Keywords: Renato Serra; Benedetto Croce; Italian Literature; Moral Philosophy; Philosophy of History.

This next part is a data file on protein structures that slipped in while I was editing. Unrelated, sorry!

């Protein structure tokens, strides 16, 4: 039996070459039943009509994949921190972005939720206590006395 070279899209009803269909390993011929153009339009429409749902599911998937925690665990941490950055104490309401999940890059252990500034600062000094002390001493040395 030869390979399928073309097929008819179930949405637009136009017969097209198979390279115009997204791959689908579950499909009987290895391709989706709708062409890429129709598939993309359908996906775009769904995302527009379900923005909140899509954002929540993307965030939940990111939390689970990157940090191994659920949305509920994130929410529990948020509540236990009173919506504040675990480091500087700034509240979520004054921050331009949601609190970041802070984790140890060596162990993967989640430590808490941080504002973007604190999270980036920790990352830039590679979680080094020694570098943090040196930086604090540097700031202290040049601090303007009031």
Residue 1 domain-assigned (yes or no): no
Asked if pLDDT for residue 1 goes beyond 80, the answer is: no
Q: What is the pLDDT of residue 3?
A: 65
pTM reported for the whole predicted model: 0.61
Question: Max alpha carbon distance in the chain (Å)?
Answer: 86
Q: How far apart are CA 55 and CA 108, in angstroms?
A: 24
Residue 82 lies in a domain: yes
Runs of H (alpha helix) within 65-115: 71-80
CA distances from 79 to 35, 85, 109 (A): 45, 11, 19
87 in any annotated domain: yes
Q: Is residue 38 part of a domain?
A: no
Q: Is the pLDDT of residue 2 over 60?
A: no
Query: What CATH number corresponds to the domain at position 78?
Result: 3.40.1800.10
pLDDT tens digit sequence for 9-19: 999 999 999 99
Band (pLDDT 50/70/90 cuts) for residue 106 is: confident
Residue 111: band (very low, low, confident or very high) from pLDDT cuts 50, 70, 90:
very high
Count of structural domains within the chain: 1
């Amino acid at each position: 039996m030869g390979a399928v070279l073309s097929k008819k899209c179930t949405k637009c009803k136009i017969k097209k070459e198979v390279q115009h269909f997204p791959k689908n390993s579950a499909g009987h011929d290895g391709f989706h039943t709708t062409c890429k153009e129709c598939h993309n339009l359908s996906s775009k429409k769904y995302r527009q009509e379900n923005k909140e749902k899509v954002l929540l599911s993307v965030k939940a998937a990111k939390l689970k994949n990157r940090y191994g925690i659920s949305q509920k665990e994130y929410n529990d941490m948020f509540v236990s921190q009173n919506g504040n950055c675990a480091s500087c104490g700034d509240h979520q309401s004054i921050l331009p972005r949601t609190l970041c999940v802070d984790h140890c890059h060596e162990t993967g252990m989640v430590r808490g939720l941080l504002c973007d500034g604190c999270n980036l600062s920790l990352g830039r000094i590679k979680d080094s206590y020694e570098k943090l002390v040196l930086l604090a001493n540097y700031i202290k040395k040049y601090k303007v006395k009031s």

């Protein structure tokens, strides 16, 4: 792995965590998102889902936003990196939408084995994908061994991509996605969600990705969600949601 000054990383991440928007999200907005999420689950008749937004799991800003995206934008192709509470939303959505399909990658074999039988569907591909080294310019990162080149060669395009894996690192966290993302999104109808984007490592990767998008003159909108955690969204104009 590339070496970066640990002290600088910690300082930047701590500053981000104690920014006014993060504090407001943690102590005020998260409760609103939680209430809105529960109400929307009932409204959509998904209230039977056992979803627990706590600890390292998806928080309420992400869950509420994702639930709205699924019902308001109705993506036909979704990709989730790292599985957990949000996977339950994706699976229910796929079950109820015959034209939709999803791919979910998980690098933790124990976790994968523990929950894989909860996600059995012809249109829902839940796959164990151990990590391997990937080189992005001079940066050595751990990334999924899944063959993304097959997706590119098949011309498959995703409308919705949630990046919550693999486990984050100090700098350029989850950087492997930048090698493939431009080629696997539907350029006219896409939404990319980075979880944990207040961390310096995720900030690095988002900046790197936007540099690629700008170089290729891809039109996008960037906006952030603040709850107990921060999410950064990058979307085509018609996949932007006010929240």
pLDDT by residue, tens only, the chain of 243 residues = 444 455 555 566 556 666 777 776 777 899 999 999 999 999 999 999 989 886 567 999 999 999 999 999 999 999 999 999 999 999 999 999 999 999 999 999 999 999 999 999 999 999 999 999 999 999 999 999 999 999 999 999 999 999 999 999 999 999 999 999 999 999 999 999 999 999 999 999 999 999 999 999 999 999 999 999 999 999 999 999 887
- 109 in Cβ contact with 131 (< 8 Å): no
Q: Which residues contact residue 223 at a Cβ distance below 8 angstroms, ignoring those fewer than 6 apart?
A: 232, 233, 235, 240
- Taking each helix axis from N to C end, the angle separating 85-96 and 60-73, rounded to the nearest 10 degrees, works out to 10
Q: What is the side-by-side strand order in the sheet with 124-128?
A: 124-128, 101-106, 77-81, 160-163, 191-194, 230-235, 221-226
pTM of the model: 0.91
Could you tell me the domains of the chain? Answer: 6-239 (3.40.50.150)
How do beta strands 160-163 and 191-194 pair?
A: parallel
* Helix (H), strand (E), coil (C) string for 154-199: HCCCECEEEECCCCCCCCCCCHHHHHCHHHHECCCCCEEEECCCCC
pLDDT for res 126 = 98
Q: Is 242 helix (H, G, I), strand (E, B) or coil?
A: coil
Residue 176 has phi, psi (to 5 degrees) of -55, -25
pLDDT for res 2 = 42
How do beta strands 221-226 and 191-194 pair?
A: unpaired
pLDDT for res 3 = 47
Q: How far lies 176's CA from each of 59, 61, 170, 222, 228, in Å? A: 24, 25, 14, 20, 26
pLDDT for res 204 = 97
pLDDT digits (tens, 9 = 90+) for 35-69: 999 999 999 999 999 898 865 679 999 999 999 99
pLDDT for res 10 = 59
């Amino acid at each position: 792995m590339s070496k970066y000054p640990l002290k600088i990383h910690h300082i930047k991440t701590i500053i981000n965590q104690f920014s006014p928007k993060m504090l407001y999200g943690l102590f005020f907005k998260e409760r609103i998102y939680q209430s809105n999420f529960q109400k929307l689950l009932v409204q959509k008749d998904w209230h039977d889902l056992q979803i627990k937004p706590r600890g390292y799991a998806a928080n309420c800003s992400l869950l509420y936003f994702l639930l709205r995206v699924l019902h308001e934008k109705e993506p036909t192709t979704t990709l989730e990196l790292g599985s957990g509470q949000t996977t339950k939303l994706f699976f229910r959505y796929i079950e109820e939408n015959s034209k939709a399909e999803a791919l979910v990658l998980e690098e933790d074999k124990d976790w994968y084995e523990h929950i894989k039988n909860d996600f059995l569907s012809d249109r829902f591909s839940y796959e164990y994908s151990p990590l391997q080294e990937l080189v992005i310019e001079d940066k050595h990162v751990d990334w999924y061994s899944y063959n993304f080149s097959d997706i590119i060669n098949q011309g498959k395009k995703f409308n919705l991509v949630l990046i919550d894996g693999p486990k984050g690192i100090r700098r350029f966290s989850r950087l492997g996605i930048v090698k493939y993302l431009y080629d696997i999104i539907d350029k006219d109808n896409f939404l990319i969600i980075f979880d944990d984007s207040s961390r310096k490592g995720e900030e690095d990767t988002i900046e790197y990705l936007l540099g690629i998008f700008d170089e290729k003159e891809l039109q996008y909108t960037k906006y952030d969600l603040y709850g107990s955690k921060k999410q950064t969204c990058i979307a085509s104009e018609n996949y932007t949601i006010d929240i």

Throughout his life Renato Serra engaged in a constant dialogue with Croce, both in personal and intellectual terms. The two were friends and highly regarded each other in spite of the fact they often embraced profoundly different views. This paper examines the way Serra took issue with Croce's work. In his view, the Neapolitan philosopher, who played a dominant role in Italian culture at the time, represented the coldness of the 'system', the intention of accounting for the particular on the grounds of the universal: an attitude that Serra could neither share nor appreciate in front of the real suffering of life and insurmountable 'universal injustices'. Nevertheless he admired Croce's intellectual strength, the endless distress of the "undiscovered thought" that he exaltedly and tormentedly disentangled. This is why Serra both criticized and regarded Croce, showing him respect even when their relationship abruptly and resentfully came to an end.